Five Reasons why the Edmonds City Council should pass the Harbor Square Master PlanA good model we have near us is the Mill Creek Town Center
Councilmember Joan Bloom’s Guest View (March 7, 2013) greatly disappoints those of us who believe the main job of elected officials is to pull people together rather than provoke divisiveness.
Most people in Edmonds probably do not support a wall of high-rise apartments along our waterfront.
However, a carefully planned mix of townhomes, apartments, retail and commercial, with gathering spaces and trails along the Marsh is something many would welcome at the Harbor Square site.
A good model we have near us is the Mill Creek Town Center. They’ve done a nice job of creating a very walkable community adjacent to a large and healthy wetland.
It has attracted all age and income groups and has a hometown feel. Using that model, the Port embarked on its mission to provide a vibrant, attractive environment for the Edmonds community and to promote economic development without obstructing views.
The City’s Comprehensive Plan, the guiding legal document for land use, policies and planning, describes the vision for nine different Downtown Waterfront Districts. One of those Districts includes the properties from Harbor Square to Main Street between the Railroad tracks and SR 104. It is (a little confusingly) called the “Downtown Master Plan” and states:
This area is appropriate for design-driven master planned development, which provides for a mix of uses and takes advantage of its strategic location between the waterfront and downtown.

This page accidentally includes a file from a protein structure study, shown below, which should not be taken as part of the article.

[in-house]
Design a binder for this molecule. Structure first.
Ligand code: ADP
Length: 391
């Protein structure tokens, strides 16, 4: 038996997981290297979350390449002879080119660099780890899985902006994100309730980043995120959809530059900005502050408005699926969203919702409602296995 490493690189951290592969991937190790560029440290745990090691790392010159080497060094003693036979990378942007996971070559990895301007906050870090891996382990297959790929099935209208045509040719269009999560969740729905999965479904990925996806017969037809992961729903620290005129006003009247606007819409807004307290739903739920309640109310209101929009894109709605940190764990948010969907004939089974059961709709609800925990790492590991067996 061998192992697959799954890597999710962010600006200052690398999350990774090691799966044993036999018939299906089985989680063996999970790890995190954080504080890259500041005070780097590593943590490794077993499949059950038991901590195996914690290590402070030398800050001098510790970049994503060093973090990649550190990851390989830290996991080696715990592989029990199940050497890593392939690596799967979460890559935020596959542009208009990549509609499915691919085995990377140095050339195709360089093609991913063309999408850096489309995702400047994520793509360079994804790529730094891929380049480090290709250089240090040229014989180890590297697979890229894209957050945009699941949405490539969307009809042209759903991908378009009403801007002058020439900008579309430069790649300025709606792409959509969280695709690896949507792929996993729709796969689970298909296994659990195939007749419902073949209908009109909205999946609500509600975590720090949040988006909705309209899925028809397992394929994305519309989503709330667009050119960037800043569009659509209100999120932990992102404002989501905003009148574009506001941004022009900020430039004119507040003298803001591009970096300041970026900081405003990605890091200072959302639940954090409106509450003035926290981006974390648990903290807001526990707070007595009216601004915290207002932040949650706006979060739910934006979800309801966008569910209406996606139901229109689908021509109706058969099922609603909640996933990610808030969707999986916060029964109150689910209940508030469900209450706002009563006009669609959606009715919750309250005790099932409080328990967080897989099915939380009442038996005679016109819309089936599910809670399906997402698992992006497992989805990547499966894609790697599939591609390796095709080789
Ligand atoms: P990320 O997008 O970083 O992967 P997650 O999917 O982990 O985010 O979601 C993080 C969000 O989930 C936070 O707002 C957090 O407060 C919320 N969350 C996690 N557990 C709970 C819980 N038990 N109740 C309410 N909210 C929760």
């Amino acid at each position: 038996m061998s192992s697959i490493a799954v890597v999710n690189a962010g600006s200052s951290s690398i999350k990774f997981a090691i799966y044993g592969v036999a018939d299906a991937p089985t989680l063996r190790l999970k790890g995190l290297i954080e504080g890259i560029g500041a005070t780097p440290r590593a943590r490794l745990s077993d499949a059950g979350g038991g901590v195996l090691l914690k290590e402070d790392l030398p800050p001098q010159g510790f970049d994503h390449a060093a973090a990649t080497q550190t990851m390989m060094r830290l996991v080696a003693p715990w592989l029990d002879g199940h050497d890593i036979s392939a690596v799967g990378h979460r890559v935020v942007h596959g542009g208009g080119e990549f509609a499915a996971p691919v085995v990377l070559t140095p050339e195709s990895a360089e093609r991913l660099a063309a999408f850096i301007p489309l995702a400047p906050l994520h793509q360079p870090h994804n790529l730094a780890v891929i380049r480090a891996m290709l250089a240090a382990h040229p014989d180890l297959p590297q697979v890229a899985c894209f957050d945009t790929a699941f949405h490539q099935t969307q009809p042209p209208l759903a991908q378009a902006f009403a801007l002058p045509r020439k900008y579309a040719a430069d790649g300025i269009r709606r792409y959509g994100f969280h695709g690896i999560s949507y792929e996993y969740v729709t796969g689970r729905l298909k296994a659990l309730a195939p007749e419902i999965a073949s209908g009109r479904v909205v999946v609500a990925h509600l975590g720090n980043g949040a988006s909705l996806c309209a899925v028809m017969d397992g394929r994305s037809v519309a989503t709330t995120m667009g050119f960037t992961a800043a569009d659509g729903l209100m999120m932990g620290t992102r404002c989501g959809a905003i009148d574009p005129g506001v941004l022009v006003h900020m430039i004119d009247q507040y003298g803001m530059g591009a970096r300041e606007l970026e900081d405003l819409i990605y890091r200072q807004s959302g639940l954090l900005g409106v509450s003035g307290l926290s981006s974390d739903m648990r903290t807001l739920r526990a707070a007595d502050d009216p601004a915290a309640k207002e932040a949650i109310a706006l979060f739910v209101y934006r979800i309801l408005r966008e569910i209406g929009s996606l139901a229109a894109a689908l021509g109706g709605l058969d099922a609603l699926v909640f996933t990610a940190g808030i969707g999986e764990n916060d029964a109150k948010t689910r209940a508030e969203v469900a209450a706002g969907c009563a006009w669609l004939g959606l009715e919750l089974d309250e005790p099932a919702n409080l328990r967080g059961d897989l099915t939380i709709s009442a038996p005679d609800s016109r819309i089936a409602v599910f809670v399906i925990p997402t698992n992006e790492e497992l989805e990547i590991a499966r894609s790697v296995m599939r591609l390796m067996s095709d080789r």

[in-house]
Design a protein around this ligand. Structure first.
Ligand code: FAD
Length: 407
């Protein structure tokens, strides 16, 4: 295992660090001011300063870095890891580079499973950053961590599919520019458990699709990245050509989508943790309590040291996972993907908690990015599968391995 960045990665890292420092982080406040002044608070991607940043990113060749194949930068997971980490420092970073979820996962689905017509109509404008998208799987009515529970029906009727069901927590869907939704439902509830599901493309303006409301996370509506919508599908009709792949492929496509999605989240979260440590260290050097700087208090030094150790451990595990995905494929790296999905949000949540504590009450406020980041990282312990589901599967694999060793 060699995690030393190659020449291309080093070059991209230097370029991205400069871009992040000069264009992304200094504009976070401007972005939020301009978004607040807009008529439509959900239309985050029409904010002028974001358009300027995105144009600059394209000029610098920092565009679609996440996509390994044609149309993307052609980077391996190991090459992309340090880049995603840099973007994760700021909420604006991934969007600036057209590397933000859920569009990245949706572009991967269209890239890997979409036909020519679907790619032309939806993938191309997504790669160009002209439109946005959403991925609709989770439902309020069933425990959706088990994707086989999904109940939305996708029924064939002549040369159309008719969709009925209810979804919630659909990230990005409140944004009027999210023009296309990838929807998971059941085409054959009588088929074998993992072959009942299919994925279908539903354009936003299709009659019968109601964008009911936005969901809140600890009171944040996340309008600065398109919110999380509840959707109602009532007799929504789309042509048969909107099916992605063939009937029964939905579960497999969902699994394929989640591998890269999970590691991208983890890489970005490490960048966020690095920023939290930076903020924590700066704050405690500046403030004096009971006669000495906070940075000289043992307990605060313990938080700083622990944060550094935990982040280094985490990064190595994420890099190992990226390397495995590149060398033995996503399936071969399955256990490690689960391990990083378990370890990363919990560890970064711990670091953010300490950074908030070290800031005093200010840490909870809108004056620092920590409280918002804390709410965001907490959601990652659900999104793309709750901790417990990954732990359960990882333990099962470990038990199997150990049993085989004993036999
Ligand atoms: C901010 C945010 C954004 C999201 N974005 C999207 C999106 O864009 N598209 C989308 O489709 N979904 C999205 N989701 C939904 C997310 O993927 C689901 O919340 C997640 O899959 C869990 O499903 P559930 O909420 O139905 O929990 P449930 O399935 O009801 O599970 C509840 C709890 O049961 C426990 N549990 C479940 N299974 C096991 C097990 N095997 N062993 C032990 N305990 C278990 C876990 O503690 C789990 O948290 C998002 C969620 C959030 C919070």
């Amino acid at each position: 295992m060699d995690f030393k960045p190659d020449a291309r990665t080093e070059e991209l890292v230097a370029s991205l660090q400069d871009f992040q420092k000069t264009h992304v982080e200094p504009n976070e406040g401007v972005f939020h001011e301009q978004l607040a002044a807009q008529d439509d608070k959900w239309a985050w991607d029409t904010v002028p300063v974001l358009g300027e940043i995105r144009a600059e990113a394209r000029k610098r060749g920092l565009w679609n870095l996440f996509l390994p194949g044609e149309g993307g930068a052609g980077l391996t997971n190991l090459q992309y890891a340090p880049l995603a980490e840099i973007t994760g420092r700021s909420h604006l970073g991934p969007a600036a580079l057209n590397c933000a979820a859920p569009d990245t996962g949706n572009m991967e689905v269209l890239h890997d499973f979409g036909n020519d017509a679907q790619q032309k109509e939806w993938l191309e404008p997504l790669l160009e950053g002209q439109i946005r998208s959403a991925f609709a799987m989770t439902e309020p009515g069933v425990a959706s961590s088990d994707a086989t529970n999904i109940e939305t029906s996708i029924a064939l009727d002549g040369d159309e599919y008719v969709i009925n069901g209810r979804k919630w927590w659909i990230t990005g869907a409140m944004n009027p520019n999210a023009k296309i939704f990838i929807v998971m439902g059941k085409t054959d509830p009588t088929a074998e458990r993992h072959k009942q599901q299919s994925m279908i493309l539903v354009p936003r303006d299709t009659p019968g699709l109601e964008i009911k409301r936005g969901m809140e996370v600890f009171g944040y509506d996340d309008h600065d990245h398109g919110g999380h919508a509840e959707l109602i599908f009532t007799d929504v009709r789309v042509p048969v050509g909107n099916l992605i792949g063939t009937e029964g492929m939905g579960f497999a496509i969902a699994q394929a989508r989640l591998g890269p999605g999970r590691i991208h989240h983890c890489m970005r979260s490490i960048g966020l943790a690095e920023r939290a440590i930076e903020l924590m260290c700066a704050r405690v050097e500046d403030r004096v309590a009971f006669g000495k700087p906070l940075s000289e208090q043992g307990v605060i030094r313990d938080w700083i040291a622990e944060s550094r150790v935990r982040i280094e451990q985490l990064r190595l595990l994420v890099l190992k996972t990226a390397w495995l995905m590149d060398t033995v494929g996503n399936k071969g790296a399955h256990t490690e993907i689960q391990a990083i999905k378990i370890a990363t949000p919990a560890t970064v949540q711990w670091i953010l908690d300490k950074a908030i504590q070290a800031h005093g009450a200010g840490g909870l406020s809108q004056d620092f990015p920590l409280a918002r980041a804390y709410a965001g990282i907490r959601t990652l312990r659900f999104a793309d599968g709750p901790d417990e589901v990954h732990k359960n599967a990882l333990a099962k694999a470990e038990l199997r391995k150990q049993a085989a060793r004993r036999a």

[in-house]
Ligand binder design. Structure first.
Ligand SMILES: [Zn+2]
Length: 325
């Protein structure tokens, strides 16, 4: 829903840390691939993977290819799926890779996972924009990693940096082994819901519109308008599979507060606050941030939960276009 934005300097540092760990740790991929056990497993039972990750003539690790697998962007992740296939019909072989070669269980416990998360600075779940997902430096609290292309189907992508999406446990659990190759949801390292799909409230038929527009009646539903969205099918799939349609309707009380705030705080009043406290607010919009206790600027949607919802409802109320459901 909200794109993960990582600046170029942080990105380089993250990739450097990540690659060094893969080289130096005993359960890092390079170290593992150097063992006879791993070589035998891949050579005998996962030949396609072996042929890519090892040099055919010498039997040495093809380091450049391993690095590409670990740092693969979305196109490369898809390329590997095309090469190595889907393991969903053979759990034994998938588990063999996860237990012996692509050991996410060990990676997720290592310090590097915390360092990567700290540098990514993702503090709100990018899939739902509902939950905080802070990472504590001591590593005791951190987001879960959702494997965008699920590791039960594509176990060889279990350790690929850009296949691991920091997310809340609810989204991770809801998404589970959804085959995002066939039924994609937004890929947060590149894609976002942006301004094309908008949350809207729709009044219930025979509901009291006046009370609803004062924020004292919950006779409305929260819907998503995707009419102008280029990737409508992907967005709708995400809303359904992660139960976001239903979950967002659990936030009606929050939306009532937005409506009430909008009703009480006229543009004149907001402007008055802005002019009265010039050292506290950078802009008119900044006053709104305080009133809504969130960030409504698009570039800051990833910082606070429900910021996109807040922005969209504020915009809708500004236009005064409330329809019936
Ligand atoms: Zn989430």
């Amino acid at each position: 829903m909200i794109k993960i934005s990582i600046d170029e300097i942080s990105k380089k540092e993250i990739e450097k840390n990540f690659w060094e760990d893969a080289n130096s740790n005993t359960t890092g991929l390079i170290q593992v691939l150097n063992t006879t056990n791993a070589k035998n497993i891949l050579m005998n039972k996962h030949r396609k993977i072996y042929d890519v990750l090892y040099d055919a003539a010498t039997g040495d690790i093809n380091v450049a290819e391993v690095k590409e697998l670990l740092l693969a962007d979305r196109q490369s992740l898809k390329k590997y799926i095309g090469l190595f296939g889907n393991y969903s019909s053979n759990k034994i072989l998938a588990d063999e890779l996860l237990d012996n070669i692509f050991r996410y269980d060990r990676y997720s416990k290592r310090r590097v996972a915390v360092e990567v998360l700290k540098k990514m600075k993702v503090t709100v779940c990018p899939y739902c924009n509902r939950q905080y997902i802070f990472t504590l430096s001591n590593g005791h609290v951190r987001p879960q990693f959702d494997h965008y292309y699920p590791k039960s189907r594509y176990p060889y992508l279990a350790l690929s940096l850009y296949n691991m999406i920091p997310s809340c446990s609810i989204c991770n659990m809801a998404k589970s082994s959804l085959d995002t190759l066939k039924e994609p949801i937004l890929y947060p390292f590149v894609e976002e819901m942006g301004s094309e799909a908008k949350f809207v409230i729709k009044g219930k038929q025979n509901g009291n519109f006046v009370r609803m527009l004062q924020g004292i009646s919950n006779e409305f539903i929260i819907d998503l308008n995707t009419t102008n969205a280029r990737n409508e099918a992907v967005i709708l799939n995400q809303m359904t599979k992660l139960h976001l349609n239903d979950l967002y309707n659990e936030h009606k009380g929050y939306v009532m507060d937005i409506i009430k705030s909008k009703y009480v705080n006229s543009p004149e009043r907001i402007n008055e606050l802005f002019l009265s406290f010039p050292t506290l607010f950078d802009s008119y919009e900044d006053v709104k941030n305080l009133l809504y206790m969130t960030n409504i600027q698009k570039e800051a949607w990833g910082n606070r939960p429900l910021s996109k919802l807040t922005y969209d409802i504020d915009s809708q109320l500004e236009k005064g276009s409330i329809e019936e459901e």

The location of existing taller buildings on the waterfront, and the site’s situation at the bottom of the Bowl, could enable a design that provides for higher buildings outside current view corridors.
The Port has done the heavy lifting to date to make this vision a reality. Adopting the Port Plan will demonstrate accountability and trust in our own process and is the logical next step for the Edmonds City Council.
Here are five specific reasons the Council should adopt the Port’s Plan
Reason 1 – It’s a Good Plan
It will not impact views. Currently, Harbor Square has great businesses and access to the Marsh. The Port can currently build there under existing land use and zoning but the City could not require public amenities, quality design standards, restoration of the Marsh, low impact development or connections to our historic Downtown. Current zoning does not allow any residential. This Plan, if adopted, would actually require those elements.
Reason 2 – This Was a Good Process
In order to satisfy the requirements of the City, the Port has spent three years and $200,000 to produce this conceptual Plan. The Public, Port and City have spent hundreds of hours crafting the Plan now before the Council.